Friday, July 25, 2003 Print This | Email This     

Pot prints: Making a database of marijuana DNA

By Lori Silverstein, Court TV

(Court TV) —

DNA evidence is no stranger in the modern courtroom. To make their cases, lawyers have used blood and semen samples. They have used fingernails, skin and saliva. They even have used dog hair.

And soon the list will include dope.

Forensic scientists have been working to expand the scope of scientific evidence by researching how to use DNA technology to identify strains of marijuana, and then putting the information into a database.

"Marijuana DNA is just a new technology in fighting crime ... Many times the victim's pocket will have a trace of marijuana ... [and you can] find where that batch comes from," said Dr. Henry Lee, director of the Connecticut State Police Forensic Science Laboratory and one of the nation's foremost forensic scientist. "This is going to have a major impact for the future."

Fingerprinting plant DNA has been around since the mid-1990s when scientists in the Netherlands developed it as a way of patenting strains of rice, according to Heather Miller Coyle, criminalist and research coordinator at the Connecticut lab.

The major difference between human and plant DNA fingerprinting is that each human fingerprint is unique. However, many plants have the same DNA because identical clones can be created through a process of cutting leaves and stems and then putting them in a hormone solution to encourage root growth. Growers often use this method to perpetuate potent strains of dope.

"What they're doing is making it easier for us to trace them," Coyle said.

Plant DNA has already made its way into the courtroom. In the 1990s, Arizona authorities successfully connected Mark Bogan to the strangling death of a woman after matching seed pods found in his truck to a Palo Verde tree at the scene of the murder. Bogan was sentenced to life in prison, and in 1995 an appeals court upheld the conviction.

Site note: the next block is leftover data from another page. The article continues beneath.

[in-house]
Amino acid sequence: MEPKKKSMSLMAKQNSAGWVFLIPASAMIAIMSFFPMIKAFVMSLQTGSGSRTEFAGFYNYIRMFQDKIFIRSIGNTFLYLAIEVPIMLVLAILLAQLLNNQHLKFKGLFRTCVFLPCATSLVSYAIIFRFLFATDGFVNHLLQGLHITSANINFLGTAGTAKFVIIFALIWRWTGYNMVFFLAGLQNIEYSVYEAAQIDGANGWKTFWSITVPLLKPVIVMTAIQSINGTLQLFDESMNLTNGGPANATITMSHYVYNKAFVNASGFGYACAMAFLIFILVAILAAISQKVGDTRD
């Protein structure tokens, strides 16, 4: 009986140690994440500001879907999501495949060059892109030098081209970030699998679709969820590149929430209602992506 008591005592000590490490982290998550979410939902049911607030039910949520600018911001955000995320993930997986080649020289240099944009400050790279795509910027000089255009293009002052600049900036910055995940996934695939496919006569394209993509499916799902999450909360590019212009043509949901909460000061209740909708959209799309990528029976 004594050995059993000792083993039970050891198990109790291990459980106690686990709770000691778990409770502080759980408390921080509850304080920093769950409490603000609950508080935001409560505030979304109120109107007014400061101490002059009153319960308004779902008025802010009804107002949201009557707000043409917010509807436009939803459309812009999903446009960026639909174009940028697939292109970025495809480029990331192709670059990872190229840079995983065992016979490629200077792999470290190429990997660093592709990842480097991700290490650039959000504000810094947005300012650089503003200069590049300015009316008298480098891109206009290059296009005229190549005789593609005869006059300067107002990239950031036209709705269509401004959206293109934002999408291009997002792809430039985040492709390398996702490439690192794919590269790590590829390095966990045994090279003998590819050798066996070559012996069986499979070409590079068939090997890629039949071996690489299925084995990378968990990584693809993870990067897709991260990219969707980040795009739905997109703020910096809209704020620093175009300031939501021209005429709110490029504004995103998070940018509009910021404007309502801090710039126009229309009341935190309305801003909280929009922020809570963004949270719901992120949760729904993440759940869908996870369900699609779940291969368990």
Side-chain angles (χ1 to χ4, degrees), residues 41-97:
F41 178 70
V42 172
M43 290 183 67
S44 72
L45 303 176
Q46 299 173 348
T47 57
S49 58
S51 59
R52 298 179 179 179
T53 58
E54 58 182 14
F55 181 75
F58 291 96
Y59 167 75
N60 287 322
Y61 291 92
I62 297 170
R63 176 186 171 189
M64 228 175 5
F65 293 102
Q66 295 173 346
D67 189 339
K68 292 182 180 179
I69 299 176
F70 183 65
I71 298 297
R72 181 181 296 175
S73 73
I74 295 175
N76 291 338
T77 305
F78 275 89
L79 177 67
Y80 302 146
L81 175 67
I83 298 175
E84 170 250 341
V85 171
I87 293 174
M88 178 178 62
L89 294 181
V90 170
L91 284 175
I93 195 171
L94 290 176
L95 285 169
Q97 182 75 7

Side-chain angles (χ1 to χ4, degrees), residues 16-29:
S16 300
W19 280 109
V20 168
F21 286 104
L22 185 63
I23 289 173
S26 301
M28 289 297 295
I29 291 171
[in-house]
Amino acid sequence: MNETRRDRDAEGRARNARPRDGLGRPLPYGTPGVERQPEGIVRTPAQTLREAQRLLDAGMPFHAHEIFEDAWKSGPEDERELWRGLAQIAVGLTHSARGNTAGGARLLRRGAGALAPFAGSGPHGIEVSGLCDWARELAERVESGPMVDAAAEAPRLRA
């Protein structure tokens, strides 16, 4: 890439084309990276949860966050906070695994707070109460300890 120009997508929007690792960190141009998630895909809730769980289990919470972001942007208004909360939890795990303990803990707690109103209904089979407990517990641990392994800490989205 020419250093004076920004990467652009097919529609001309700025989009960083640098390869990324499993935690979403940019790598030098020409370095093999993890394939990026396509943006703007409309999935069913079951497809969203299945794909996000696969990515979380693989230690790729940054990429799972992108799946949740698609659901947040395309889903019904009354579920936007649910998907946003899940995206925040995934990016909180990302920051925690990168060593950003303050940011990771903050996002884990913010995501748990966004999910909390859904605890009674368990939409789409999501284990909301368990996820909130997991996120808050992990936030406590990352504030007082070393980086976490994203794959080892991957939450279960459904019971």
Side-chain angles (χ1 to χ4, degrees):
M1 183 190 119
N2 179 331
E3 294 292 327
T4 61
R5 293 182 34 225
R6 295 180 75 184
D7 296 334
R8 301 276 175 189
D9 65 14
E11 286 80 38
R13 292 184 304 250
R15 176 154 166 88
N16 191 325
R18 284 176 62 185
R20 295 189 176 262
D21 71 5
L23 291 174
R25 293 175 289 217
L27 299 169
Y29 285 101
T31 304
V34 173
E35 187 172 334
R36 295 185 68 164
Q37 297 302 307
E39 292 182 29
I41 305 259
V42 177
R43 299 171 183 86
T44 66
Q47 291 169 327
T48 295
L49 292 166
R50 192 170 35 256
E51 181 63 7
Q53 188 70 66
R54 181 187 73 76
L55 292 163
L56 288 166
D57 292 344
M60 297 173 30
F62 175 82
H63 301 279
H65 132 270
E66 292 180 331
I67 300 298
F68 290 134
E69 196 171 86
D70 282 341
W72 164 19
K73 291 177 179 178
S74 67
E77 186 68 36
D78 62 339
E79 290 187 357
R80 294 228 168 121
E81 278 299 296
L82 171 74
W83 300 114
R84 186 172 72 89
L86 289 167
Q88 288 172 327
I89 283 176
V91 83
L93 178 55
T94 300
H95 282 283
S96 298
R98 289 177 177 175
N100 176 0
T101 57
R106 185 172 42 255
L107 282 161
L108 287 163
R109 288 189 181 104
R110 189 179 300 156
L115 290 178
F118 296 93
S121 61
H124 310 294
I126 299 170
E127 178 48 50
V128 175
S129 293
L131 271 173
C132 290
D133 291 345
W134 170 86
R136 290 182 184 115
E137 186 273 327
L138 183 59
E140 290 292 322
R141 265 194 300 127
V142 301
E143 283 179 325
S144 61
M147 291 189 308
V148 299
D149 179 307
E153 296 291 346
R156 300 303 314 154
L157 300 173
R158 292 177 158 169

"It's not new or different that plant DNA can be used," said Lisa Kreeger, a former Miami-Dade County prosecutor who now runs the DNA program at the American Prosecutors Research Institute in Alexandria, Va. "It's important for the quality of information and the quantity of information. We have developed a cynical population that no longer likes to believe people."

Because the database — which is necessary to point out the statistical relevance of matching strains of marijuana — is still under construction, marijuana DNA evidence has yet to enter courtroom testimony.

But based on the drug's role in crime, employees at the Connecticut forensic lab see a huge potential in profiling even the tiniest of samples from pot plants.

"Yes, we could do oak trees. But the reality is pretty clear that there is a plant out there with a lot of implications in the justice system. And that's marijuana," said Maj. Timothy Palmbach, an attorney and director of scientific services at the Connecticut lab.

More potent drugs like cocaine and heroin were ruled out because DNA cannot be seen in samples seized from users. These types of drugs, which cannot be grown in the United States because of climate, are distributed and used as purified chemicals extracted from plants, and do not contain intact plant material and cells like marijuana, Coyle explained.